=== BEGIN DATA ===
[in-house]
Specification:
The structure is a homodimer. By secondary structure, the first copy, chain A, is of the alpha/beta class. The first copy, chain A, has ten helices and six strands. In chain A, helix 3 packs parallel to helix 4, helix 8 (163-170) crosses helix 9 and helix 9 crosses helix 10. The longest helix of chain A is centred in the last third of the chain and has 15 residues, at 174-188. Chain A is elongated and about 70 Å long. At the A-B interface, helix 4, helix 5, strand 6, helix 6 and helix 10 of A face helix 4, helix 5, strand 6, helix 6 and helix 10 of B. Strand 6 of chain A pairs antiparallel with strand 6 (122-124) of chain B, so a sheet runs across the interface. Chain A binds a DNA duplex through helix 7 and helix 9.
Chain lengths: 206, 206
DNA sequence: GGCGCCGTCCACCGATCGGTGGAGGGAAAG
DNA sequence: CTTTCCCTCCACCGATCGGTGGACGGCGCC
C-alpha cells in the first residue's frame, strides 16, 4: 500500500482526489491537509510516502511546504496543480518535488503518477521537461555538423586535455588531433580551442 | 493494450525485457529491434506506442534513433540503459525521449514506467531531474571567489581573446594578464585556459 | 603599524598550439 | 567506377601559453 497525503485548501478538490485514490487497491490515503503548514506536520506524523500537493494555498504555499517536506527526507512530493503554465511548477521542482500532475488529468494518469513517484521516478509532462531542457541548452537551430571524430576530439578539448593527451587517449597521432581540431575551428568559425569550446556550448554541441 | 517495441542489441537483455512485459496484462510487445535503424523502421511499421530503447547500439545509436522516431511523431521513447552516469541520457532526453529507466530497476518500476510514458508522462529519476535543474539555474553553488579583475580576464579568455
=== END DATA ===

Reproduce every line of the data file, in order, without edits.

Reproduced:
[in-house]
Specification:
The structure is a homodimer. By secondary structure, the first copy, chain A, is of the alpha/beta class. The first copy, chain A, has ten helices and six strands. In chain A, helix 3 packs parallel to helix 4, helix 8 (163-170) crosses helix 9 and helix 9 crosses helix 10. The longest helix of chain A is centred in the last third of the chain and has 15 residues, at 174-188. Chain A is elongated and about 70 Å long. At the A-B interface, helix 4, helix 5, strand 6, helix 6 and helix 10 of A face helix 4, helix 5, strand 6, helix 6 and helix 10 of B. Strand 6 of chain A pairs antiparallel with strand 6 (122-124) of chain B, so a sheet runs across the interface. Chain A binds a DNA duplex through helix 7 and helix 9.
Chain lengths: 206, 206
DNA sequence: GGCGCCGTCCACCGATCGGTGGAGGGAAAG
DNA sequence: CTTTCCCTCCACCGATCGGTGGACGGCGCC
C-alpha cells in the first residue's frame, strides 16, 4: 500500500482526489491537509510516502511546504496543480518535488503518477521537461555538423586535455588531433580551442 | 493494450525485457529491434506506442534513433540503459525521449514506467531531474571567489581573446594578464585556459 | 603599524598550439 | 567506377601559453 497525503485548501478538490485514490487497491490515503503548514506536520506524523500537493494555498504555499517536506527526507512530493503554465511548477521542482500532475488529468494518469513517484521516478509532462531542457541548452537551430571524430576530439578539448593527451587517449597521432581540431575551428568559425569550446556550448554541441 | 517495441542489441537483455512485459496484462510487445535503424523502421511499421530503447547500439545509436522516431511523431521513447552516469541520457532526453529507466530497476518500476510514458508522462529519476535543474539555474553553488579583475580576464579568455